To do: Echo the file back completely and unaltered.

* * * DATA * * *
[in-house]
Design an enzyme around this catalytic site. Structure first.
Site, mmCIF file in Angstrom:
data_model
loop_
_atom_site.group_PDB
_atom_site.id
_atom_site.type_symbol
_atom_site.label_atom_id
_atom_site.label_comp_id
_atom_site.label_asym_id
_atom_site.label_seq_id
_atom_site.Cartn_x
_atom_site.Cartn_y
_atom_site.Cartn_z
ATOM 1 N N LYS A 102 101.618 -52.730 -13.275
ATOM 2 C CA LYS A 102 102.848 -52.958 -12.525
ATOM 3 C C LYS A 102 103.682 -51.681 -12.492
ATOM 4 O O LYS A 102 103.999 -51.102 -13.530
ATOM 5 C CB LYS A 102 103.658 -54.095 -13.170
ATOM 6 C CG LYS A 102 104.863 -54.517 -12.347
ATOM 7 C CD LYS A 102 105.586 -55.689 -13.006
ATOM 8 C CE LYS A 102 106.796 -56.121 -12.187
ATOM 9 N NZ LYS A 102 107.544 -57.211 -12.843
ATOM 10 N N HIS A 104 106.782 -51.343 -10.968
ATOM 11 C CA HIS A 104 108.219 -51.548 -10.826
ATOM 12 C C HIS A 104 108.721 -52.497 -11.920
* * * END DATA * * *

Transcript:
[in-house]
Design an enzyme around this catalytic site. Structure first.
Site, mmCIF file in Angstrom:
data_model
loop_
_atom_site.group_PDB
_atom_site.id
_atom_site.type_symbol
_atom_site.label_atom_id
_atom_site.label_comp_id
_atom_site.label_asym_id
_atom_site.label_seq_id
_atom_site.Cartn_x
_atom_site.Cartn_y
_atom_site.Cartn_z
ATOM 1 N N LYS A 102 101.618 -52.730 -13.275
ATOM 2 C CA LYS A 102 102.848 -52.958 -12.525
ATOM 3 C C LYS A 102 103.682 -51.681 -12.492
ATOM 4 O O LYS A 102 103.999 -51.102 -13.530
ATOM 5 C CB LYS A 102 103.658 -54.095 -13.170
ATOM 6 C CG LYS A 102 104.863 -54.517 -12.347
ATOM 7 C CD LYS A 102 105.586 -55.689 -13.006
ATOM 8 C CE LYS A 102 106.796 -56.121 -12.187
ATOM 9 N NZ LYS A 102 107.544 -57.211 -12.843
ATOM 10 N N HIS A 104 106.782 -51.343 -10.968
ATOM 11 C CA HIS A 104 108.219 -51.548 -10.826
ATOM 12 C C HIS A 104 108.721 -52.497 -11.920